Steventon Parsonage LeFroy sketch

Steventon Parsonage - LeFroy sketch rear view

Steventon Parsonage - Engraving in Memoir

 As you can see the two drawings of the house from the front do not compute – and Walker concludes that the engraving made from one of the drawings that was put into the 1870 Memoir was just another example of “beefing- up” Austen’s image, just as was done with her portrait – and that the smaller house was actually the rectory and Jane and Cassandra were sent from home to a boarding school to allow room for Rev. Austen’s boarding [and paying] male students.  Walker believes the larger house to be a sketch of Ibthorpe [still standing, privately owned – I was fortunate enough to have tea there during the JASNA AGM in Winchester in 2003!] and a house much visited by all the Austen family.  Walker does a most admirable job of computing all this data, based on family reminiscences, comments in letters as to location of rooms, etc. – but it is likely to be a mystery for all time, or at least a full-time research project to expand on what Walker has done.  But in the end I am inclined to concur with Tom Carpenter’s thoughts that the smaller house view is actually a side view of the rectory [Walker cites Carpenter’s opinion in her note no. 2 on page 20-21].  An aside on this:  I have the 1926 Memoir as edited by Chapman:  the frontispiece of Austen is the Victorianized / “beautified” Austen, and the parsonage is the engraving that Walker refers to.  But I also have the Folio Society edition of 1989, based on Chapman’s edition – the frontispiece is the facing-away sketch of Austen in the blue dress and the rectory is the original drawing by LeFroy of the smaller house.  Why this change in the illustrations?? Are you all sufficiently confused at this point?! It is interesting to note that David Nokes in his 1997 biography of Austen has no illustration at all of the parsonage – perhaps he saw this jumble in the making and opted out?!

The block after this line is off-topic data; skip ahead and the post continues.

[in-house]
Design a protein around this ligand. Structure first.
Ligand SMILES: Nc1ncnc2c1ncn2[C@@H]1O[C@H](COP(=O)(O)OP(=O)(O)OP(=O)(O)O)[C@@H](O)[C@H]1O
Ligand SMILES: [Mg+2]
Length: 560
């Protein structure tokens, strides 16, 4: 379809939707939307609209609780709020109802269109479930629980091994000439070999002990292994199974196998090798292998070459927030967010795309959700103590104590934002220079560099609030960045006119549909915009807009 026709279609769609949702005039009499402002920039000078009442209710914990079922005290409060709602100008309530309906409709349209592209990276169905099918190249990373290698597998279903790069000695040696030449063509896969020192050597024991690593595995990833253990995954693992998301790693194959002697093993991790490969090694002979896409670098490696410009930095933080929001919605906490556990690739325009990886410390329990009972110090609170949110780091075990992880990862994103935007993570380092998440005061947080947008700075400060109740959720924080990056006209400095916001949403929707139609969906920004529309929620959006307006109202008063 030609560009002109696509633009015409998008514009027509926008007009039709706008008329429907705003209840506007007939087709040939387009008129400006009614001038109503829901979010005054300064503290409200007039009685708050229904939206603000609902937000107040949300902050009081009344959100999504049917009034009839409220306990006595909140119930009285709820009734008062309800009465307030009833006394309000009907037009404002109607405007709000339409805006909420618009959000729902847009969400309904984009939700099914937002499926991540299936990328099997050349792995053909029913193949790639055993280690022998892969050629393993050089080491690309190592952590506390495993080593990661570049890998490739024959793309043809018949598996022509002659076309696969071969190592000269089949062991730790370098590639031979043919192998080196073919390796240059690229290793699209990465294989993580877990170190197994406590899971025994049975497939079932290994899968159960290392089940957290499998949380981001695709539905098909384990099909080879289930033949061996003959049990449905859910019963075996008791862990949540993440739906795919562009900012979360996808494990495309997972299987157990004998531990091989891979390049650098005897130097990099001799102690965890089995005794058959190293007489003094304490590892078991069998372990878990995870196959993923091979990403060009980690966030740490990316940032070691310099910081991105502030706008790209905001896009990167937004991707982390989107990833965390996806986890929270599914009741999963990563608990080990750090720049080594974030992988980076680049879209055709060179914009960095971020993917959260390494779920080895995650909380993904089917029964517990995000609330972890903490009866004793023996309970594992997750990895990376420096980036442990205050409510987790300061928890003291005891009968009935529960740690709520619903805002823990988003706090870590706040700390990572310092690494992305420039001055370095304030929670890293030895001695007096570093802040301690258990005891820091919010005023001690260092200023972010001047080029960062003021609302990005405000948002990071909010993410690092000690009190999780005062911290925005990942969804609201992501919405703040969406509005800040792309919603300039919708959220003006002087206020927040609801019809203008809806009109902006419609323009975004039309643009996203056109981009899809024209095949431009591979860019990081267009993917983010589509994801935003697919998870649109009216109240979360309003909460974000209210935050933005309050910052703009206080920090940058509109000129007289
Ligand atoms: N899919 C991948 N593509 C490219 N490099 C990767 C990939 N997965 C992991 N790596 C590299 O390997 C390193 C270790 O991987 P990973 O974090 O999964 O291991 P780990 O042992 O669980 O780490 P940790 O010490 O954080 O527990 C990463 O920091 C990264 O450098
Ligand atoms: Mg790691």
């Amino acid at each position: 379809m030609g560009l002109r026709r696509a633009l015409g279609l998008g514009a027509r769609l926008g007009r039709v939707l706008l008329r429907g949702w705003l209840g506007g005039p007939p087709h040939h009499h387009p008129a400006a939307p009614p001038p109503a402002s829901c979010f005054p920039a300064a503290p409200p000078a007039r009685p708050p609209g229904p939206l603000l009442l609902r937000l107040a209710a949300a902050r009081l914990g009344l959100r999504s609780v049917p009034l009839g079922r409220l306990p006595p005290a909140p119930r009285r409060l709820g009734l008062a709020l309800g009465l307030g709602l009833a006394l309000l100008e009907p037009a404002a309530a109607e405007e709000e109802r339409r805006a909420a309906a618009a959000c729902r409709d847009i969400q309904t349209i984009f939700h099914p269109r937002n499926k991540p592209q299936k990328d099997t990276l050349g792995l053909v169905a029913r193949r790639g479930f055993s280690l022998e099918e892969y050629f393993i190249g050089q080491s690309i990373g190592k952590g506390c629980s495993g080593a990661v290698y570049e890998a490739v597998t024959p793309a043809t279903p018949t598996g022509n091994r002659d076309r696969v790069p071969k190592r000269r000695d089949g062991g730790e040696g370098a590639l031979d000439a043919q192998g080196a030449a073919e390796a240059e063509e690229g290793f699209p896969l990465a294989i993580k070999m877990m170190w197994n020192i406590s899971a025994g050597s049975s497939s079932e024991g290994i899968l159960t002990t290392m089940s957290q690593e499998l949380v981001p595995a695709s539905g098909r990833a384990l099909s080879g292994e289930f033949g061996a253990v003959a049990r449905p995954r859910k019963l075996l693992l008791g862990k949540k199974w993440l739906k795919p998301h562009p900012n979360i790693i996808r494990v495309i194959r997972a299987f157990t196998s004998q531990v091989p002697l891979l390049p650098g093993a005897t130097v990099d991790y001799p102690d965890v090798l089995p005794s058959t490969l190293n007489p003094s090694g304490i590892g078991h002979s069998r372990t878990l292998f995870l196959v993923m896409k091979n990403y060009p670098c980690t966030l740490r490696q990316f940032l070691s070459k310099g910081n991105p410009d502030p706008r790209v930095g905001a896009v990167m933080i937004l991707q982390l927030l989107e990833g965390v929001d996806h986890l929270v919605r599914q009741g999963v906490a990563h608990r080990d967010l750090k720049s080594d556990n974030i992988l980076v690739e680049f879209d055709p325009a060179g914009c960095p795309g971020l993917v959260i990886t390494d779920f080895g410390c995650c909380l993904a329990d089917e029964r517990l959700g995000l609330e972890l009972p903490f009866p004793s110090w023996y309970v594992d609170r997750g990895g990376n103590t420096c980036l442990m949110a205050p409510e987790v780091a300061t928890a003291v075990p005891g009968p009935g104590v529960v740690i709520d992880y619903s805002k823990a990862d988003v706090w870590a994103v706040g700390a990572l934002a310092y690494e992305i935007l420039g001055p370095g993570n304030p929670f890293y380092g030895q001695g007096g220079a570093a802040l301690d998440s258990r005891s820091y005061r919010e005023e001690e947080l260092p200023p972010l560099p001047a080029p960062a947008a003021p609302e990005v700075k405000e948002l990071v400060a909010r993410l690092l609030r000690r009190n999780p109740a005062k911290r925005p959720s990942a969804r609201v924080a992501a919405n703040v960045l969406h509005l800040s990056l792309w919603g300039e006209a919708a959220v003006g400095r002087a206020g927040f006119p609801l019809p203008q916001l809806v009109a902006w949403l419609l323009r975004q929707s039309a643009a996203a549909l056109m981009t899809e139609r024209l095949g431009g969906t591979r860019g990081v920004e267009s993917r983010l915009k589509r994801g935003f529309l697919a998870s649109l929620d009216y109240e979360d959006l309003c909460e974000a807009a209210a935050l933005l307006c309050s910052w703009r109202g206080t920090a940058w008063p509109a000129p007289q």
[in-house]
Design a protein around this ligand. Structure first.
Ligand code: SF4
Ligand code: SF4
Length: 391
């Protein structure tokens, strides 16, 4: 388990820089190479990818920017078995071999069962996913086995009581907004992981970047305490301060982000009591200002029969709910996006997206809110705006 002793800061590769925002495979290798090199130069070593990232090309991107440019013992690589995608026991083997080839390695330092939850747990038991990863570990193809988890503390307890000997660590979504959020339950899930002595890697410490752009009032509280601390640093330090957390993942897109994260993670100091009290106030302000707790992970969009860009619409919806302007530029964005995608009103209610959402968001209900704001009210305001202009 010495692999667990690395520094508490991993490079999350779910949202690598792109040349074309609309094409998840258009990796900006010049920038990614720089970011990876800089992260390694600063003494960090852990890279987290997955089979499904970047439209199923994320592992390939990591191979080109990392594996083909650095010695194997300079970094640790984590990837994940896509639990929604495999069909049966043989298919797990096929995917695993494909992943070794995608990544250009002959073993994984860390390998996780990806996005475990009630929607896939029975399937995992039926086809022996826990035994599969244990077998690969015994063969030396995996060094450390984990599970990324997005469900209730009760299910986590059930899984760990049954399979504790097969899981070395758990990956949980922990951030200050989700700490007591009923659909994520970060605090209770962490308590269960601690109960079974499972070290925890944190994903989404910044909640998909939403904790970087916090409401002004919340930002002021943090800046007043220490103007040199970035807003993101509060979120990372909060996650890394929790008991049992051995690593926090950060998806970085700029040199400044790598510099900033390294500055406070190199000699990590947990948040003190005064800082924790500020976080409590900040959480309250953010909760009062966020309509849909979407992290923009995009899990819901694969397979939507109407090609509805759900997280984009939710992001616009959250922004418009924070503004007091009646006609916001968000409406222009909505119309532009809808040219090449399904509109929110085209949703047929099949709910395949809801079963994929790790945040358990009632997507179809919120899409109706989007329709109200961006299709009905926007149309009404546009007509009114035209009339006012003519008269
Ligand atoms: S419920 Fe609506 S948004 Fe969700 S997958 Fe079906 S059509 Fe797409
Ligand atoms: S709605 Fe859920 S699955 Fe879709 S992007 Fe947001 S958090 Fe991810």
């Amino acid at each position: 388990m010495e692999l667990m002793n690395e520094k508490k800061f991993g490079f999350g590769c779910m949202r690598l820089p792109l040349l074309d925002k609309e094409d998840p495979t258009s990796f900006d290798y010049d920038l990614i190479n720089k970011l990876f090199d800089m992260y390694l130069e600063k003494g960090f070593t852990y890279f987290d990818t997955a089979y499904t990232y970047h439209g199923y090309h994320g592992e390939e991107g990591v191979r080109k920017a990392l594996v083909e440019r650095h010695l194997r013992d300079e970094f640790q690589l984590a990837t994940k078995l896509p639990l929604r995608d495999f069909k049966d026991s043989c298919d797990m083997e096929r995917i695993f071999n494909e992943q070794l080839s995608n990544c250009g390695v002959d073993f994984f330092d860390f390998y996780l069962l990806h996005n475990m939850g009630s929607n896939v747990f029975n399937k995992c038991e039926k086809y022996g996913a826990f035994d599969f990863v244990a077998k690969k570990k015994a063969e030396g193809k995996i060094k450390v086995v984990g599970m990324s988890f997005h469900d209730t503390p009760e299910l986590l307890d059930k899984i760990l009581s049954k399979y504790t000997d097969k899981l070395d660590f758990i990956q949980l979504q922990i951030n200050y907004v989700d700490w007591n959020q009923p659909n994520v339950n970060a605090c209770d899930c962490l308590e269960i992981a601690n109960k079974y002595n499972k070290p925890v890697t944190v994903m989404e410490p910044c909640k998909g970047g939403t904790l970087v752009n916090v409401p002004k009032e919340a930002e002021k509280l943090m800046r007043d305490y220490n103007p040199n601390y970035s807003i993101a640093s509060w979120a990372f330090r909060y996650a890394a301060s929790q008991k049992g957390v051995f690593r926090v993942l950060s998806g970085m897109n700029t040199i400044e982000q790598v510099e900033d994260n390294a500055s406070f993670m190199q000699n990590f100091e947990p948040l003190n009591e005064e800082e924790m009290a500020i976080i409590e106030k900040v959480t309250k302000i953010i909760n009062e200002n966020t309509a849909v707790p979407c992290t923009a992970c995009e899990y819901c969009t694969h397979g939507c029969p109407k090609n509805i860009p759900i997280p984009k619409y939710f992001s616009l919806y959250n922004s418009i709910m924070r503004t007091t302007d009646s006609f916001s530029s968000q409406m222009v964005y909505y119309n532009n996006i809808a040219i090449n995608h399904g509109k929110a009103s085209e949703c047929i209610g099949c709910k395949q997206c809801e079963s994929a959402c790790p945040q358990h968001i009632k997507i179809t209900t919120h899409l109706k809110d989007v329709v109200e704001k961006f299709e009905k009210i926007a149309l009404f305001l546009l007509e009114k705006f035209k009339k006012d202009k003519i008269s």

As to when the original rectory was demolished and the new one built, an article in Persuasions by Patricia Jo Kulischeck [Vol. 7, 1985, pp. 39-40 ]– [the full text for this issue is not available, so I will quote from it directly] gives us the following information from land records of the time, Memorandum for a supplementary affidavit respecting Steventon Glebe Apl 1824, docketed in Edward Knight’s handwriting [text is in another hand]:

There is no rectory house in the Parish of Steventon excepting the new one now nearly finished built on a part of the land proposed to be added to the original glebe.  The former house was situated low and subject to be flooded, distant from the greater part of the village and in a dilapidated state.  The present house is placed above the valley in a more healthy spot and nearer the village.  The inhabitants are about 150 persons.  The original glebe consisting of only 3 A. OR. 23P [presumably 3 acres, or 23 parcels of land] in two disunited pieces was quite inefficient for the necessary accommodation of a resident clergyman’s family and as there are besides cottages only farm houses in the Parish and very few resident incumbents in the adjoining Parishes, it is most particularly desirable that the Rector of Steventon should reside there rather than on any other preferment he may eventually have and nothing is so likely to secure that residence as the proposed addition to the glebe which will add so materially to the comforts and in some degree to the respectability of the Rector.  There can be no doubt what ever but very sensible advantages will be felt as well in several of the adjoining Parishes as in that of Steventon by securing the residence of the Rector in that Parish.